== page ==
Jackson, Jesse 
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As a young man, Jesse Jackson believed that black religious leaders should embrace social activism. In 1965, he marched in Selma with Martin Luther King, Jr. and later dropped out of seminary to join King’s Southern Christian Leadership Conference (SCLC). Jackson was with King the day he died (April 4, 1968).

In 1971, Jackson founded Operation PUSH (People United to Save Humanity) to emphasize black self-help. In 1984, he founded the National Rainbow Coalition to promote equal rights for blacks, women and homosexuals.

Although Jackson failed to win the democratic presidential nomination twice (1983 and 1988), it was the furthest a black candidate got to winning the nomination at the time.

Although some criticize him as being anti-Semitic and opportunistic, others praise him for his civil rights work and for negotiating the release of Americans in Syria (1984), Iraq (1990), and Yugoslavia (1999). Jackson continues to be an enigma, but influential nonetheless.

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Race/Ethnicity and Religion
Baptist Religious Events and People in American History
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Race/Ethnicity and Religion in American History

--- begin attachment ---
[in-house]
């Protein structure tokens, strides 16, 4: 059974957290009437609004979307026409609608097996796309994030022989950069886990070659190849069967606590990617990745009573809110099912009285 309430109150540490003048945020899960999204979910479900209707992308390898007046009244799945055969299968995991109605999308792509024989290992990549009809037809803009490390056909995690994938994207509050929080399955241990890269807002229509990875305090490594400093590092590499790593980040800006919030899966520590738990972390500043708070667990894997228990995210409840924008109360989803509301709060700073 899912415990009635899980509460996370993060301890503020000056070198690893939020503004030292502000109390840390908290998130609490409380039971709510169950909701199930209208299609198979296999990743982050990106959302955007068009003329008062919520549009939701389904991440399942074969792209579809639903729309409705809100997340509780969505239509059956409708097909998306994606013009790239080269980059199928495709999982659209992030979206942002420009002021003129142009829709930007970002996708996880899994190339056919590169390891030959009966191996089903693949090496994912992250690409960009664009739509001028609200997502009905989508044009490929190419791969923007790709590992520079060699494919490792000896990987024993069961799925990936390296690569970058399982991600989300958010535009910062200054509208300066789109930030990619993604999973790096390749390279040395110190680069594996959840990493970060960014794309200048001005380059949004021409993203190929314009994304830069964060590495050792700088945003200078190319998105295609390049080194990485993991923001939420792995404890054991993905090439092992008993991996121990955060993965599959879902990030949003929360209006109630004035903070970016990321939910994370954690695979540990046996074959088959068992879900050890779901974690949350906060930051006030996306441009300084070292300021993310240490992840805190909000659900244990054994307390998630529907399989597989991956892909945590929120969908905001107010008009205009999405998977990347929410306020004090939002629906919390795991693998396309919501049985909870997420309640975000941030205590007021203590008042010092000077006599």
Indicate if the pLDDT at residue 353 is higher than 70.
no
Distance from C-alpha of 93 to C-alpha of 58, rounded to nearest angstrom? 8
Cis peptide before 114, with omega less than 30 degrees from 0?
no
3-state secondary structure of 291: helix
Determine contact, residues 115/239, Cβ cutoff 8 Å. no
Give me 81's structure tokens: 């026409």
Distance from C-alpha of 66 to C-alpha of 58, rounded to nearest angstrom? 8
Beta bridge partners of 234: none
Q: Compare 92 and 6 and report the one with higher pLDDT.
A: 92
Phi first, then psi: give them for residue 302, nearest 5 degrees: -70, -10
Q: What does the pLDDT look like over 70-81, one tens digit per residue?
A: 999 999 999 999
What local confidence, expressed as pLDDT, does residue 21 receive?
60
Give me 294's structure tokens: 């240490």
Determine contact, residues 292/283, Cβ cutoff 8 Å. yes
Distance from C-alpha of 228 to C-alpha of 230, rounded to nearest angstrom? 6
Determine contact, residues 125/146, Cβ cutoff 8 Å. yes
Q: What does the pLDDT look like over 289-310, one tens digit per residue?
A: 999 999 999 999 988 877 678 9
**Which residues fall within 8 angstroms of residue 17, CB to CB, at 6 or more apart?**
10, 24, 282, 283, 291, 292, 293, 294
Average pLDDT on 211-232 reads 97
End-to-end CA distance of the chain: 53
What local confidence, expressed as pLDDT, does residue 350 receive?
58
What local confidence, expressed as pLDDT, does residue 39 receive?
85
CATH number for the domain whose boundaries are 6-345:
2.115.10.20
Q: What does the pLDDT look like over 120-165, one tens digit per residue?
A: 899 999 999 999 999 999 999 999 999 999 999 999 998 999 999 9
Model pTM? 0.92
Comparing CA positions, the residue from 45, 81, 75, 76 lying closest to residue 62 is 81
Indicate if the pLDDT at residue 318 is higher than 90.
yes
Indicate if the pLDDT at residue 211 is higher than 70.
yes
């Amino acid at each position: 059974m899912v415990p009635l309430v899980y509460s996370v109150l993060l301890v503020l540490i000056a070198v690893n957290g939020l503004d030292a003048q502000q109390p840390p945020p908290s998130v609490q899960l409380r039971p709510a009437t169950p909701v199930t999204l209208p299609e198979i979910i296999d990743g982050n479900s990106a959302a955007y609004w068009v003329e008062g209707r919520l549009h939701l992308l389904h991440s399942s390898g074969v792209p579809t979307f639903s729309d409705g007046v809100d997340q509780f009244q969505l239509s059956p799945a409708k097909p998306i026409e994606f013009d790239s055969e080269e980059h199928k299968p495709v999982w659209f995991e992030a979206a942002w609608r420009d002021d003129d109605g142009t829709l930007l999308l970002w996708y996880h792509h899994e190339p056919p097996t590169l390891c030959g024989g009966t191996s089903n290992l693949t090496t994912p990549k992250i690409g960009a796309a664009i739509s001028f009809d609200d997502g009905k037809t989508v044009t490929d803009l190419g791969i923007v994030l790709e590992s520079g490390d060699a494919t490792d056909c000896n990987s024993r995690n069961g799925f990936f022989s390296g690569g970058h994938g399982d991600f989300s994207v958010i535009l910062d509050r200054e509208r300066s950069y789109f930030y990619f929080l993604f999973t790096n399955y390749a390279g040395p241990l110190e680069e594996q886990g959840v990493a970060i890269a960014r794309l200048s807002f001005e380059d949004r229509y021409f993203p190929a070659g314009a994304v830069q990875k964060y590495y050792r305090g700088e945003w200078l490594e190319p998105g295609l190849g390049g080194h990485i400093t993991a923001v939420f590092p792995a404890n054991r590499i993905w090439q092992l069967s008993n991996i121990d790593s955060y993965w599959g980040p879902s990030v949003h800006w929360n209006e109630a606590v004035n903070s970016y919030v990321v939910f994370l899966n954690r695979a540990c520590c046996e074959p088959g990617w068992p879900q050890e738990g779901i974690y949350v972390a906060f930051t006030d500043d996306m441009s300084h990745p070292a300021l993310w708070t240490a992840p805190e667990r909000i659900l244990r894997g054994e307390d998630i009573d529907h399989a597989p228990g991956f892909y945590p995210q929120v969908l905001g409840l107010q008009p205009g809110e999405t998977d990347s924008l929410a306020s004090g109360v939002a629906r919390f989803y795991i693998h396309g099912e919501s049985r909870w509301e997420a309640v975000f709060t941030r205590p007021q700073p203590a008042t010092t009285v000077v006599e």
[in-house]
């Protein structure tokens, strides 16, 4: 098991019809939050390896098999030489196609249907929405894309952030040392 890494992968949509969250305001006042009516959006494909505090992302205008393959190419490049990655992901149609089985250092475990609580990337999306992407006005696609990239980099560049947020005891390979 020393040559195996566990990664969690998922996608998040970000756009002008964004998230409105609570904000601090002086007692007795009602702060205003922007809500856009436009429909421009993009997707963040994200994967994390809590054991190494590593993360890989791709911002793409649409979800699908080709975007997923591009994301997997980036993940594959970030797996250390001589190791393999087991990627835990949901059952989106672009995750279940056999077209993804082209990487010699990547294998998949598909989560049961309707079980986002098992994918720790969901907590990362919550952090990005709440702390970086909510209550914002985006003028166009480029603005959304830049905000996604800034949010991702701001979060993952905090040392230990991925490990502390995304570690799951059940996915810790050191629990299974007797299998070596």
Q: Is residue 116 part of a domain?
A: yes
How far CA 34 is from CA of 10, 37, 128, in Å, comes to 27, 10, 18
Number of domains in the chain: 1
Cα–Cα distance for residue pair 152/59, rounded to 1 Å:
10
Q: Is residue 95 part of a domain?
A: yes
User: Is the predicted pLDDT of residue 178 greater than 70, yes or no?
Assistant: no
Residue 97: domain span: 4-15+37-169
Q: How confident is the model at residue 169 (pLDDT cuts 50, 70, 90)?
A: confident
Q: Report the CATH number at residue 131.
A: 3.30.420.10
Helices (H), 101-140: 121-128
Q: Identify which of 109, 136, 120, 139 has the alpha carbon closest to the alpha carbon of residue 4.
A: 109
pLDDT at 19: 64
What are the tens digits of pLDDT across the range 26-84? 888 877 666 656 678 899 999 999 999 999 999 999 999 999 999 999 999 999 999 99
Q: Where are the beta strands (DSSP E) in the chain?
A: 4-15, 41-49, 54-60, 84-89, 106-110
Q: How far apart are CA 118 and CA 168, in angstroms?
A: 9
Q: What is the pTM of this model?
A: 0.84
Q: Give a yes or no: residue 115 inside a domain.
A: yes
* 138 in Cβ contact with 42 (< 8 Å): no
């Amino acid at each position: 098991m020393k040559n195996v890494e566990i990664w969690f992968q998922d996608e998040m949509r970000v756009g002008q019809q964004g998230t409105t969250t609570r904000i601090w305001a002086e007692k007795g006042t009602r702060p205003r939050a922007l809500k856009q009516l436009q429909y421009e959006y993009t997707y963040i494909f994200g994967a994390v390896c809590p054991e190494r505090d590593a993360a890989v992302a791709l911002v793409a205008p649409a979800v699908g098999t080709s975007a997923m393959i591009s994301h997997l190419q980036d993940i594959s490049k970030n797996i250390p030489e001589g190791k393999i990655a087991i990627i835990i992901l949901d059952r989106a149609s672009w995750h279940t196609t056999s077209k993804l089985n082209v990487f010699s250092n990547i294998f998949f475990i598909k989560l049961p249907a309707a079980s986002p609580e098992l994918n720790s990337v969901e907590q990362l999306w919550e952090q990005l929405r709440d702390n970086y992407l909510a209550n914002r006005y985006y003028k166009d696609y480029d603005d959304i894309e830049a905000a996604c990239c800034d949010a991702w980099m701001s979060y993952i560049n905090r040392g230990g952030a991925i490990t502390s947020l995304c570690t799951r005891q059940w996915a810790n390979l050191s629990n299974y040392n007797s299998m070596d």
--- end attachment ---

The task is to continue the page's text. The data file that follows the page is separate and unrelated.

Baptist Religious Events and People in American History
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Civil Rights Movement

Jesse Jackson portrait- Library of Congress, LC-DIG-ppmsc-01277

Jesse Jackson march for jobs- Library of Congress, LC-DIG-ppmsca-03420

Jesse Jackson portrait- National Archives and Records Administration

Jesse Jackson speaking- National Archives and Records Administration

Jesse Jackson speaking 2- National Archives and Records Administration
Book/Journal Source(s)
Murphy, Larry, J. Gordon Melton, and Gary Ward, 1993. Encyclopedia of African American Religions. New York: Garland.
Reid, Daniel, Robert Linder, Bruce Shelley, and Harry Stout, 1990. Dictionary of Christianity in America. Downers Grove, IL.
Web Source(s)
Jesse Jackson's Encyclopedia Britannica Biography
Web Page Contributor
Benjamin T. Gurrentz
Affliated with: Pennsylvania State University, Ph.D. in Sociology

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